One Approach to Record Mold

By Dominic Vautie
11/2006


I got a bunch of old LPs from my father-in-law’s estate.  I brought back about 50 of the albums but trashed the other 300 or so.  Believe me they were real moldy and I was afraid to even get the stuff anywhere close to my “good” records.  I did notice however that the records cleaned up well with the usual detergent soap and hand scrubbing procedure.  I had to wash the bad records a few times.  Mold did not seem to effect the vinyl.  The jackets were another issue altogether because mold gets into paper record covers and cardboard jackets easily.  I discarded the record covers and washed the jackets inside and out with a rag soaked with about 20 percent bleach (be sure to use a surgical glove).  Sometimes I had to cut open the jackets to completely clean them.  Bleach kills just about all kinds of mold spores.  I then ironed the jackets to get them flat again and kill any remaining spores.  I installed new envelopes.  The results were not bad if you want to go to all the trouble to restore moldy records.  The records were recordable to CD but not in excellent shape.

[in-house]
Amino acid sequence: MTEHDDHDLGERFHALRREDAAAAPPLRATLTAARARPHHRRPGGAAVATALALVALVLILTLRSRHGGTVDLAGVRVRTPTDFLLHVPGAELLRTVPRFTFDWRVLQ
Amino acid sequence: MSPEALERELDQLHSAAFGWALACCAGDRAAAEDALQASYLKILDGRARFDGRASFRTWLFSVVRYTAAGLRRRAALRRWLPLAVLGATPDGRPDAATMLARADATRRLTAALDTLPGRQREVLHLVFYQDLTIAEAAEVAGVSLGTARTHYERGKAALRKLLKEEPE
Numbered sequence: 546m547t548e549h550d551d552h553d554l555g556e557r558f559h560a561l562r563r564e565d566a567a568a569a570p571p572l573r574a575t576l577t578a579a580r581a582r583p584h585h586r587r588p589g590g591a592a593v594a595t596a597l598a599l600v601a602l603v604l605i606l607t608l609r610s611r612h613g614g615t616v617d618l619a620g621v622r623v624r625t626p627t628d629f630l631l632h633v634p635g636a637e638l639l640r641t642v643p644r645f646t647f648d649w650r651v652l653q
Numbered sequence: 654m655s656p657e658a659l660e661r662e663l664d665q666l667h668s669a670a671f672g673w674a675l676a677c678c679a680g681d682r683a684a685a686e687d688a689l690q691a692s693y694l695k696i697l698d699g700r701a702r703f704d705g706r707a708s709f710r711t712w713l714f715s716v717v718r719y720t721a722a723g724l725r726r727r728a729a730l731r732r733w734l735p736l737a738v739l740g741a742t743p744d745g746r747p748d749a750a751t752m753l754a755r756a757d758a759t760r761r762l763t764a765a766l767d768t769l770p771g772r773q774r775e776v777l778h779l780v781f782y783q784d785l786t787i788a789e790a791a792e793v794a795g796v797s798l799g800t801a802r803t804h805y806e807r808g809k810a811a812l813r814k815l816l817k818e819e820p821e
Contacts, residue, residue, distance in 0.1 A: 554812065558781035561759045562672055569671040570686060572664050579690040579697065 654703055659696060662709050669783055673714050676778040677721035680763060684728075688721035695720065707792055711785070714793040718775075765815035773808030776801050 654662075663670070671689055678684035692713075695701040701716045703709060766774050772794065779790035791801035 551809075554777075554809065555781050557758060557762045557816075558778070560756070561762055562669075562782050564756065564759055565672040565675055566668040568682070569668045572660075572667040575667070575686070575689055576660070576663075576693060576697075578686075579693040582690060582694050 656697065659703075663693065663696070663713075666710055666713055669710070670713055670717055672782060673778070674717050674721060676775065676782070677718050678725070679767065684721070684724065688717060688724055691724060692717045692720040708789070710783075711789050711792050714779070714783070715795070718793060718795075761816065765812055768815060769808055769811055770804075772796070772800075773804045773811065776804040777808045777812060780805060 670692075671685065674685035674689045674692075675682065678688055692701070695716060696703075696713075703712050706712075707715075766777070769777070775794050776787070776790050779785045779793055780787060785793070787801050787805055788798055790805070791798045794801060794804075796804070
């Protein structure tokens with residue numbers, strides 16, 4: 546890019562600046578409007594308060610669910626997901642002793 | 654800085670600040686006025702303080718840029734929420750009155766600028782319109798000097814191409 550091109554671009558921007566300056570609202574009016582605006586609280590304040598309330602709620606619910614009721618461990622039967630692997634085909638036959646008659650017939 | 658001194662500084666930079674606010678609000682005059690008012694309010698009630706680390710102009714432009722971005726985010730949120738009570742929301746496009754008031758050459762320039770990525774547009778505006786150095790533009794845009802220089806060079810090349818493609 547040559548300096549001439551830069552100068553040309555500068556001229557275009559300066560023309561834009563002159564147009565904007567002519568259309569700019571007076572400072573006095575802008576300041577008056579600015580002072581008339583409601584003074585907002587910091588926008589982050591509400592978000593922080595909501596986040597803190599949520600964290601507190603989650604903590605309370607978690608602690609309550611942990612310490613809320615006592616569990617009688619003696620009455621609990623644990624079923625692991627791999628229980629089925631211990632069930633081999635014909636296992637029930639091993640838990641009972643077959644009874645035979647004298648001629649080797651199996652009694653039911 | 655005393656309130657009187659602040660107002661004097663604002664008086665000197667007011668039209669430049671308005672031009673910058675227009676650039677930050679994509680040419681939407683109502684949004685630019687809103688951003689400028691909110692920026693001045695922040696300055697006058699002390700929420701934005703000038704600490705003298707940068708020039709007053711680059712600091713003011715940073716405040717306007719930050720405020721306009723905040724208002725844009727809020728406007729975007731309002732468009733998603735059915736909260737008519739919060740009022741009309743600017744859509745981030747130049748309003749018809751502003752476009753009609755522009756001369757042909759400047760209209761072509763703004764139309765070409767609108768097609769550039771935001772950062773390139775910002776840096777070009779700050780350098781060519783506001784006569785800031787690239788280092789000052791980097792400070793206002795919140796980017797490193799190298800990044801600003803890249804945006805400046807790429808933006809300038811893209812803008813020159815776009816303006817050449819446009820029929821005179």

First I removed the records from their moldy jackets, cleaned them in warm water and detergent hand soap.  I then dried them off and stacked them up, a dozen or so at a time.  I allowed them to dry, inspected them and washed a few again..  

 

 

The jackets were a mess.  I cleaned them off inside and out with a solution of bleach and dried them off as best I could.  I had to cut some open.  Others just fell apart.

After cleaning, I used the linen, cotton temperature on the iron with no steam.  It goes to about 220 degrees; the hottest temperature kills mold spores.

 

 

After ironing the jackets I weight  them down for about 24 hours or so to get them flat again.

 

I then taped up the sides where needed.

If you get new inner covers try to get the plastic kind.  you may want to get plastic outer jacket covers too.